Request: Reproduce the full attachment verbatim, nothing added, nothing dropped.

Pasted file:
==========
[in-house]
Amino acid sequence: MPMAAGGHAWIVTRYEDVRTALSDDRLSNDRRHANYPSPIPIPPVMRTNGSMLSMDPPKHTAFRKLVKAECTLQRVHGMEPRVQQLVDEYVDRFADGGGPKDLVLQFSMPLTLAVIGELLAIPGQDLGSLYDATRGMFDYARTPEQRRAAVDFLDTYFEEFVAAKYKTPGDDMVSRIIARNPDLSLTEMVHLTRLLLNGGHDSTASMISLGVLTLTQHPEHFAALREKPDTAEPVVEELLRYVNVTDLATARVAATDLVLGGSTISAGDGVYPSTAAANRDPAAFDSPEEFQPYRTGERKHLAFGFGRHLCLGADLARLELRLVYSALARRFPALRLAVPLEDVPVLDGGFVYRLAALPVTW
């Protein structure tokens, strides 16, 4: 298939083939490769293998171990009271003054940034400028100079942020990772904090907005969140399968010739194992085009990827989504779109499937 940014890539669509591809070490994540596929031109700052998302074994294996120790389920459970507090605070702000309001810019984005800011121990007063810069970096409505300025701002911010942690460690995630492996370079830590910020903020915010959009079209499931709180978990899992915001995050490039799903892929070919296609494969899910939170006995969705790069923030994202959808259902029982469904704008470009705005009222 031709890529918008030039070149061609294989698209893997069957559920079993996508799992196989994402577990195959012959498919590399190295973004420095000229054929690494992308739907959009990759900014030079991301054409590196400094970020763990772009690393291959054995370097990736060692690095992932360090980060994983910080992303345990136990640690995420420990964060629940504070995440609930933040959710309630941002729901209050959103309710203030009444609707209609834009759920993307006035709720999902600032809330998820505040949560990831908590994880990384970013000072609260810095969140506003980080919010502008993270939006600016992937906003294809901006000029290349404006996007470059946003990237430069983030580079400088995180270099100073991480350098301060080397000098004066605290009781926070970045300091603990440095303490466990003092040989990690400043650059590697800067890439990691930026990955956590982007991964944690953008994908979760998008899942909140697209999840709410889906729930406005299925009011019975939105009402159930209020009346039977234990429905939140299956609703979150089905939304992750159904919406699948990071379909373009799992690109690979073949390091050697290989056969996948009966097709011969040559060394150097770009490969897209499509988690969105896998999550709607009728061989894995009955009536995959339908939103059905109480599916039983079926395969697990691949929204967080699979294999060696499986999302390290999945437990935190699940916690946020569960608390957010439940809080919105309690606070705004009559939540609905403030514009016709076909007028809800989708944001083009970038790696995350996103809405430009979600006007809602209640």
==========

[in-house]
Amino acid sequence: MPMAAGGHAWIVTRYEDVRTALSDDRLSNDRRHANYPSPIPIPPVMRTNGSMLSMDPPKHTAFRKLVKAECTLQRVHGMEPRVQQLVDEYVDRFADGGGPKDLVLQFSMPLTLAVIGELLAIPGQDLGSLYDATRGMFDYARTPEQRRAAVDFLDTYFEEFVAAKYKTPGDDMVSRIIARNPDLSLTEMVHLTRLLLNGGHDSTASMISLGVLTLTQHPEHFAALREKPDTAEPVVEELLRYVNVTDLATARVAATDLVLGGSTISAGDGVYPSTAAANRDPAAFDSPEEFQPYRTGERKHLAFGFGRHLCLGADLARLELRLVYSALARRFPALRLAVPLEDVPVLDGGFVYRLAALPVTW
């Protein structure tokens, strides 16, 4: 298939083939490769293998171990009271003054940034400028100079942020990772904090907005969140399968010739194992085009990827989504779109499937 940014890539669509591809070490994540596929031109700052998302074994294996120790389920459970507090605070702000309001810019984005800011121990007063810069970096409505300025701002911010942690460690995630492996370079830590910020903020915010959009079209499931709180978990899992915001995050490039799903892929070919296609494969899910939170006995969705790069923030994202959808259902029982469904704008470009705005009222 031709890529918008030039070149061609294989698209893997069957559920079993996508799992196989994402577990195959012959498919590399190295973004420095000229054929690494992308739907959009990759900014030079991301054409590196400094970020763990772009690393291959054995370097990736060692690095992932360090980060994983910080992303345990136990640690995420420990964060629940504070995440609930933040959710309630941002729901209050959103309710203030009444609707209609834009759920993307006035709720999902600032809330998820505040949560990831908590994880990384970013000072609260810095969140506003980080919010502008993270939006600016992937906003294809901006000029290349404006996007470059946003990237430069983030580079400088995180270099100073991480350098301060080397000098004066605290009781926070970045300091603990440095303490466990003092040989990690400043650059590697800067890439990691930026990955956590982007991964944690953008994908979760998008899942909140697209999840709410889906729930406005299925009011019975939105009402159930209020009346039977234990429905939140299956609703979150089905939304992750159904919406699948990071379909373009799992690109690979073949390091050697290989056969996948009966097709011969040559060394150097770009490969897209499509988690969105896998999550709607009728061989894995009955009536995959339908939103059905109480599916039983079926395969697990691949929204967080699979294999060696499986999302390290999945437990935190699940916690946020569960608390957010439940809080919105309690606070705004009559939540609905403030514009016709076909007028809800989708944001083009970038790696995350996103809405430009979600006007809602209640």